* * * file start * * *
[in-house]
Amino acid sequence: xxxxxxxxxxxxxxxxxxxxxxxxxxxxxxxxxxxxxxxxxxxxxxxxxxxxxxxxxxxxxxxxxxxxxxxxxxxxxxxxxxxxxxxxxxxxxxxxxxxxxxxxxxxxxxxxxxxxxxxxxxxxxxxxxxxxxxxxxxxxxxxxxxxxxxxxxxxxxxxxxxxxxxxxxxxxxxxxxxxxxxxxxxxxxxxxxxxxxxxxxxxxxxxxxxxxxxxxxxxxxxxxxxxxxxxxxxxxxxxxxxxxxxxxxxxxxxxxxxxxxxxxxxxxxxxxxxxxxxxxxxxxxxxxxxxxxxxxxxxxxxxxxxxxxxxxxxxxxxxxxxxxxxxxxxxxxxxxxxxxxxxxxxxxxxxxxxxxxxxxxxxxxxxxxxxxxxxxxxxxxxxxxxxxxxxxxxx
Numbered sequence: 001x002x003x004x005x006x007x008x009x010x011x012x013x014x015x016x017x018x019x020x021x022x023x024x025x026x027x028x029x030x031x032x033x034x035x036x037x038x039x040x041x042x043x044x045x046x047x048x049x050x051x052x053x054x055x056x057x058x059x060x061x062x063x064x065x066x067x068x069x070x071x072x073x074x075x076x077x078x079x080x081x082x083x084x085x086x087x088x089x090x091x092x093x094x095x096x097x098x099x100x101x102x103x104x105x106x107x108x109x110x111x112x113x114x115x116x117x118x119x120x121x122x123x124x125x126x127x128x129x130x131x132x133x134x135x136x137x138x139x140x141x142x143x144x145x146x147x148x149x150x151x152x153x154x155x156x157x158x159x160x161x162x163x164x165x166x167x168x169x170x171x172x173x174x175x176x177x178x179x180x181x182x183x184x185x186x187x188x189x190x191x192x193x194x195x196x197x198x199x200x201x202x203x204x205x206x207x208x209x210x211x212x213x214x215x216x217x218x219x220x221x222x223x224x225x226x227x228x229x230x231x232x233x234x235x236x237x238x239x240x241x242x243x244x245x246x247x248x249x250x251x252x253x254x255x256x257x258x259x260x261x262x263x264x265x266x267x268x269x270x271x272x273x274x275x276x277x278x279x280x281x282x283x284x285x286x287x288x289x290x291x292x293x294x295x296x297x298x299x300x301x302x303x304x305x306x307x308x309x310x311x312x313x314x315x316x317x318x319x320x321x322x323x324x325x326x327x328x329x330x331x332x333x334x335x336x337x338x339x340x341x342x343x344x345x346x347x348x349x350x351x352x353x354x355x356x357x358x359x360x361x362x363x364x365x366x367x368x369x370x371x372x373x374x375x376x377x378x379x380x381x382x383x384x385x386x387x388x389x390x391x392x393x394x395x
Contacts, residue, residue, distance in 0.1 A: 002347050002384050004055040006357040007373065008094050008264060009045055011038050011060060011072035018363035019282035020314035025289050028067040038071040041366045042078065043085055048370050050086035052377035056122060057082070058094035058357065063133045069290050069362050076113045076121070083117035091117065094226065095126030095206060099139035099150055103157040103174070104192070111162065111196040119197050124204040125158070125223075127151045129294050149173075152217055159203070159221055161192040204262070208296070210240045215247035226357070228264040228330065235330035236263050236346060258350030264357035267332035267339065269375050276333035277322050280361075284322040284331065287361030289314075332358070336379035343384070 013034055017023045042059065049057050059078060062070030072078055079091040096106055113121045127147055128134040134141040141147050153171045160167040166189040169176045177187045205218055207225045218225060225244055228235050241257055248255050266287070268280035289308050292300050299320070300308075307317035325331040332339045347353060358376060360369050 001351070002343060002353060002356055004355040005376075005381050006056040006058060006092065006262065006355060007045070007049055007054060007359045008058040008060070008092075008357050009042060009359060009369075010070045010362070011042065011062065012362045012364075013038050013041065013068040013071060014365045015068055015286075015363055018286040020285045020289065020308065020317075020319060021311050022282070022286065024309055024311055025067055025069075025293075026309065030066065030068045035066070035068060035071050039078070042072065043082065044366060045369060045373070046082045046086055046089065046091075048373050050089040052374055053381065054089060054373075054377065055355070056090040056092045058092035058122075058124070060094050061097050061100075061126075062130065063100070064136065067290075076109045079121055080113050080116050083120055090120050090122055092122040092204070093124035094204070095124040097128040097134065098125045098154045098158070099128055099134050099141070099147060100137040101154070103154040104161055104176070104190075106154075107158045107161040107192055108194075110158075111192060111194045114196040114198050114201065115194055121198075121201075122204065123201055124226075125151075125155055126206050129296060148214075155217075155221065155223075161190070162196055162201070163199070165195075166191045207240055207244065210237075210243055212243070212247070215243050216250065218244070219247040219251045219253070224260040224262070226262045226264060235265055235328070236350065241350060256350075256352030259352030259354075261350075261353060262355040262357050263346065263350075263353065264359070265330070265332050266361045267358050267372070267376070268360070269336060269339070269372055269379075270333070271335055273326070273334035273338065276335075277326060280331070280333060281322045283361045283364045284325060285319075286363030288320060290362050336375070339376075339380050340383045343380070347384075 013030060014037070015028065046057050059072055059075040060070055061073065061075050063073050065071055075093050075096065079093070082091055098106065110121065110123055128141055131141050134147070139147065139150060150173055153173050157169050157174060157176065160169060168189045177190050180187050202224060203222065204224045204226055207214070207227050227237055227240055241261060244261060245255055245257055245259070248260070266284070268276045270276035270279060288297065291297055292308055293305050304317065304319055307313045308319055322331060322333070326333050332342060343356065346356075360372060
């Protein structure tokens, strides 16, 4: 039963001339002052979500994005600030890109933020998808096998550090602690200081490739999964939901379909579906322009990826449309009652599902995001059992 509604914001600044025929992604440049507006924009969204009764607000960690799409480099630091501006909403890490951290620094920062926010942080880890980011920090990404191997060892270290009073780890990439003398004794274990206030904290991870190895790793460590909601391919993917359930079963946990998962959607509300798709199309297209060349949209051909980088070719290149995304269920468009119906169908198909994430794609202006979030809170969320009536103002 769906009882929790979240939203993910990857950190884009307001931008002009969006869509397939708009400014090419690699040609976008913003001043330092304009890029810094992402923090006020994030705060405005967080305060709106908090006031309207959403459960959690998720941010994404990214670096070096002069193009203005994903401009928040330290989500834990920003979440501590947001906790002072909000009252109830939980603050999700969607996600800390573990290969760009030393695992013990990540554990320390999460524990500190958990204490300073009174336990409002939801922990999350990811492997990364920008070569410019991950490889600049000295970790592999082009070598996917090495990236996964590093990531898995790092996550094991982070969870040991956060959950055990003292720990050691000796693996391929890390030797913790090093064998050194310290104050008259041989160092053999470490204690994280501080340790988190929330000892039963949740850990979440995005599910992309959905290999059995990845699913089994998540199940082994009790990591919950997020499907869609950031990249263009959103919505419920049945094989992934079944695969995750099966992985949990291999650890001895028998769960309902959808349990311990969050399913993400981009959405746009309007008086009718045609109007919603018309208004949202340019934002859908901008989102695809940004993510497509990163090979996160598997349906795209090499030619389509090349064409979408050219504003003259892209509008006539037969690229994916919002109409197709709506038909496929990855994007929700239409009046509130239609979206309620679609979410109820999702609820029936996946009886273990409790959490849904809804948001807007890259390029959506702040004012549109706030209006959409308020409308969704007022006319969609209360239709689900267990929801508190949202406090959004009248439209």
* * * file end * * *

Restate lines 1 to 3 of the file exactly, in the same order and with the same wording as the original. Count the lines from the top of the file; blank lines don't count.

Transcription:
[in-house]
Amino acid sequence: xxxxxxxxxxxxxxxxxxxxxxxxxxxxxxxxxxxxxxxxxxxxxxxxxxxxxxxxxxxxxxxxxxxxxxxxxxxxxxxxxxxxxxxxxxxxxxxxxxxxxxxxxxxxxxxxxxxxxxxxxxxxxxxxxxxxxxxxxxxxxxxxxxxxxxxxxxxxxxxxxxxxxxxxxxxxxxxxxxxxxxxxxxxxxxxxxxxxxxxxxxxxxxxxxxxxxxxxxxxxxxxxxxxxxxxxxxxxxxxxxxxxxxxxxxxxxxxxxxxxxxxxxxxxxxxxxxxxxxxxxxxxxxxxxxxxxxxxxxxxxxxxxxxxxxxxxxxxxxxxxxxxxxxxxxxxxxxxxxxxxxxxxxxxxxxxxxxxxxxxxxxxxxxxxxxxxxxxxxxxxxxxxxxxxxxxxxx
Numbered sequence: 001x002x003x004x005x006x007x008x009x010x011x012x013x014x015x016x017x018x019x020x021x022x023x024x025x026x027x028x029x030x031x032x033x034x035x036x037x038x039x040x041x042x043x044x045x046x047x048x049x050x051x052x053x054x055x056x057x058x059x060x061x062x063x064x065x066x067x068x069x070x071x072x073x074x075x076x077x078x079x080x081x082x083x084x085x086x087x088x089x090x091x092x093x094x095x096x097x098x099x100x101x102x103x104x105x106x107x108x109x110x111x112x113x114x115x116x117x118x119x120x121x122x123x124x125x126x127x128x129x130x131x132x133x134x135x136x137x138x139x140x141x142x143x144x145x146x147x148x149x150x151x152x153x154x155x156x157x158x159x160x161x162x163x164x165x166x167x168x169x170x171x172x173x174x175x176x177x178x179x180x181x182x183x184x185x186x187x188x189x190x191x192x193x194x195x196x197x198x199x200x201x202x203x204x205x206x207x208x209x210x211x212x213x214x215x216x217x218x219x220x221x222x223x224x225x226x227x228x229x230x231x232x233x234x235x236x237x238x239x240x241x242x243x244x245x246x247x248x249x250x251x252x253x254x255x256x257x258x259x260x261x262x263x264x265x266x267x268x269x270x271x272x273x274x275x276x277x278x279x280x281x282x283x284x285x286x287x288x289x290x291x292x293x294x295x296x297x298x299x300x301x302x303x304x305x306x307x308x309x310x311x312x313x314x315x316x317x318x319x320x321x322x323x324x325x326x327x328x329x330x331x332x333x334x335x336x337x338x339x340x341x342x343x344x345x346x347x348x349x350x351x352x353x354x355x356x357x358x359x360x361x362x363x364x365x366x367x368x369x370x371x372x373x374x375x376x377x378x379x380x381x382x383x384x385x386x387x388x389x390x391x392x393x394x395x